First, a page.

Most recent installations of Ethernet, Fibre Channel, InifiniBand, and other systems use the preferred OM3 multimode fiber (for example, the OM3 SC to LC), and many legacy systems including ESCON are compatible with this fiber. In order to avoid the associated with installing new fiber, most standards attempt to accommodate various types of MMF. While the idea of backward compatibility works reasonably well up to 1 Gbit/s (distances of a few hundred meters can be achieved) , it begins to break down at higher data rates when the achievable distance is reduced even further. Designing a future-proof cable infrastructure under these conditions becomes increasingly difficult; at some point, new fiber needs to replace the legacy MMF. Although SMF should be a good long-term investment, the short-term cost premium for SMF installation and ports on many switches, servers, and storage devices remains a concern. Since the cost of short-wave transceivers is presently lower than long-wave transceivers, there is still some question as to the preferred fiber to install and the best mixture of 62.5-micron and 50-micron MMF. In general, 50-micron fiber has been widely deployed in Europe and Japen, while North America has primarily used 62.5-micron MMF until recently. The IEEE has recommended using 62.5-micron MMF in building backbones for distances up to 100m, and 50-micron fiber for distances between 100 and 300 m.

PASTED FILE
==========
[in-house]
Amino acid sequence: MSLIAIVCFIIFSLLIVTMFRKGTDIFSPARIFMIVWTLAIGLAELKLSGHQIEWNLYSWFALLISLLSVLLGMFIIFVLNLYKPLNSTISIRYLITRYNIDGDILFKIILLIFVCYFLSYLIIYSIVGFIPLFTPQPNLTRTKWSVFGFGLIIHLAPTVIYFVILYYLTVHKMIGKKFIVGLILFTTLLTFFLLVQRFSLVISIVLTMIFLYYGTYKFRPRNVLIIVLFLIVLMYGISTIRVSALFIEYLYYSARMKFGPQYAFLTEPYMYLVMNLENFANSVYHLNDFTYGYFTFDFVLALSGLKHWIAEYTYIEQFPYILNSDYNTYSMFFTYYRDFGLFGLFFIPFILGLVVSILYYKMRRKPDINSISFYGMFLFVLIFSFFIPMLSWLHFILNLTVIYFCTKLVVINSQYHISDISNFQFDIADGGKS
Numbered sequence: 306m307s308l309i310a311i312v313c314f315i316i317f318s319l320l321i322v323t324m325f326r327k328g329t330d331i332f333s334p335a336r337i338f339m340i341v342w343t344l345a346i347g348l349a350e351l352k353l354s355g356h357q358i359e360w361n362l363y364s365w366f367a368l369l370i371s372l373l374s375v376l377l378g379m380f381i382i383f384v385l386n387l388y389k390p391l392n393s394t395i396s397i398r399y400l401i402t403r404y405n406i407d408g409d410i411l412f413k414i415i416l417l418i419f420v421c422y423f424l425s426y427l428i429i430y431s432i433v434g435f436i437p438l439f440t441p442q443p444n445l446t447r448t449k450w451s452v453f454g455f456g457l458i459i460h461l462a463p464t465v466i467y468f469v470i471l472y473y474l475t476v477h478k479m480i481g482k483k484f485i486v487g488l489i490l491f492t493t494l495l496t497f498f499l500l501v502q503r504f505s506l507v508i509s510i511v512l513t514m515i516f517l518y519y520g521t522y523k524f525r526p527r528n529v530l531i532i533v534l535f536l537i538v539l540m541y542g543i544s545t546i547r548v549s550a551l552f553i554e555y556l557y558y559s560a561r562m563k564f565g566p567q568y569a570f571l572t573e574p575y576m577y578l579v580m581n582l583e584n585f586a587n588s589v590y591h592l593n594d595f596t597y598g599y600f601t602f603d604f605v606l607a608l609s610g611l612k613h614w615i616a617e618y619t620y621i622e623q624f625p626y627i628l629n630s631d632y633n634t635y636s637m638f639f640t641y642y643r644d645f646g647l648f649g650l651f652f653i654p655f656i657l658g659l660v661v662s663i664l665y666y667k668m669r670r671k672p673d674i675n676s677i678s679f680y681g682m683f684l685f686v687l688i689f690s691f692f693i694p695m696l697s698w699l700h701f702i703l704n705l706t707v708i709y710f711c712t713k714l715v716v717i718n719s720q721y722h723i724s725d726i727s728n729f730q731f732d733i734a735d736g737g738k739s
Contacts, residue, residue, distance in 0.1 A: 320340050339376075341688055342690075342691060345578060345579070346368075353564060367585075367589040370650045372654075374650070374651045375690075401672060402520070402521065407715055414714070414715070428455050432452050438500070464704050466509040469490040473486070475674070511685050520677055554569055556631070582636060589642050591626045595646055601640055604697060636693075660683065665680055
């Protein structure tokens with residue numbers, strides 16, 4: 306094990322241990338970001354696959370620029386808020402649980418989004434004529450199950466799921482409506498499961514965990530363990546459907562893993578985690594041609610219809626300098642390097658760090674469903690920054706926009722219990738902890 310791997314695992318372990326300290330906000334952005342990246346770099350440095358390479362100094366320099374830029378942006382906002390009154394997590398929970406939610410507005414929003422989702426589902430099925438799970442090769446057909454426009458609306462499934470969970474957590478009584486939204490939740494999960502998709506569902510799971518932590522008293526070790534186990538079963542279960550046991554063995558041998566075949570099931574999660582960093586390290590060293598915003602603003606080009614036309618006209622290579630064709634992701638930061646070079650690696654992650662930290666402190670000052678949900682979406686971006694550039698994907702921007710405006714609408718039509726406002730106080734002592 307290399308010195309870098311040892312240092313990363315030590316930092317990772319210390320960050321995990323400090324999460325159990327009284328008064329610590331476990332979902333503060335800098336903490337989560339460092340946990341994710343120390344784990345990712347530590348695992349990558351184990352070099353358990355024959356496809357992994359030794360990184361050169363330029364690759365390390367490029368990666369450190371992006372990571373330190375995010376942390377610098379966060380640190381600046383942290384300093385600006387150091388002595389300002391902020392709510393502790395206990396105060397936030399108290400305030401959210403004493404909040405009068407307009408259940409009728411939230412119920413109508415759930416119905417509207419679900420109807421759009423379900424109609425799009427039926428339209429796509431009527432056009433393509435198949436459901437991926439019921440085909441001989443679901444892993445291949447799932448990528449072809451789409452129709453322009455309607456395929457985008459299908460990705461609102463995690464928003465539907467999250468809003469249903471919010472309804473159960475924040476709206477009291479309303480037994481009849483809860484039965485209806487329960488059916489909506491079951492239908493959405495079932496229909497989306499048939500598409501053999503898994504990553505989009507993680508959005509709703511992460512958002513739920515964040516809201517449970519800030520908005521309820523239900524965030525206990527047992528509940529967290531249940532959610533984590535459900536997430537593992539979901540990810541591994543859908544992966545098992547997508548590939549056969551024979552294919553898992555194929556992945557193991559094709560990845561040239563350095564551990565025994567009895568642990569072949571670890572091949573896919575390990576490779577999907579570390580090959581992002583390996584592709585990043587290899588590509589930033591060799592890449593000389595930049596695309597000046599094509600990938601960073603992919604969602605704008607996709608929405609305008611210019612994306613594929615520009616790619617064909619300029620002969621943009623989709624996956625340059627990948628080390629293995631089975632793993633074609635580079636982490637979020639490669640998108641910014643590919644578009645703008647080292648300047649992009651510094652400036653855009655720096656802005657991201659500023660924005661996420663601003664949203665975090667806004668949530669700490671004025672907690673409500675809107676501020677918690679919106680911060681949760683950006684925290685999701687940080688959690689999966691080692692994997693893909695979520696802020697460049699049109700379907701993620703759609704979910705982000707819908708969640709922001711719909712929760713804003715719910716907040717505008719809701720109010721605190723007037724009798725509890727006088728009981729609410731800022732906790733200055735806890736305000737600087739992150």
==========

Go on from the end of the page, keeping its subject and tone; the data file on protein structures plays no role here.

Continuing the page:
Mixing OM2 and OM3 fibers in the same link results in an aggregate bandwidth proportional to the weighted average of the two cable types. Care must be taken not to mix 50-and 62.5-micron fibers in the same cable plant, as the resulting mismatch in core size and numerical aperture creates high losses. This can make it difficult to administer a mixed cable plant, as there is no industry standard connector keying to prevent misplugging different types of MMF into the wrong location.

Fiberstore Fiber Patch Cables

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I am working in Fiberstore to share the fiber optic networking knowledge and products’ information with people. Fiberstore is a largest supplier of optical network solutions worldwide. You can get the cheapest fiber optic patch cords here.

Fiberstore Coarse Wavelength Division Multiplexing Devices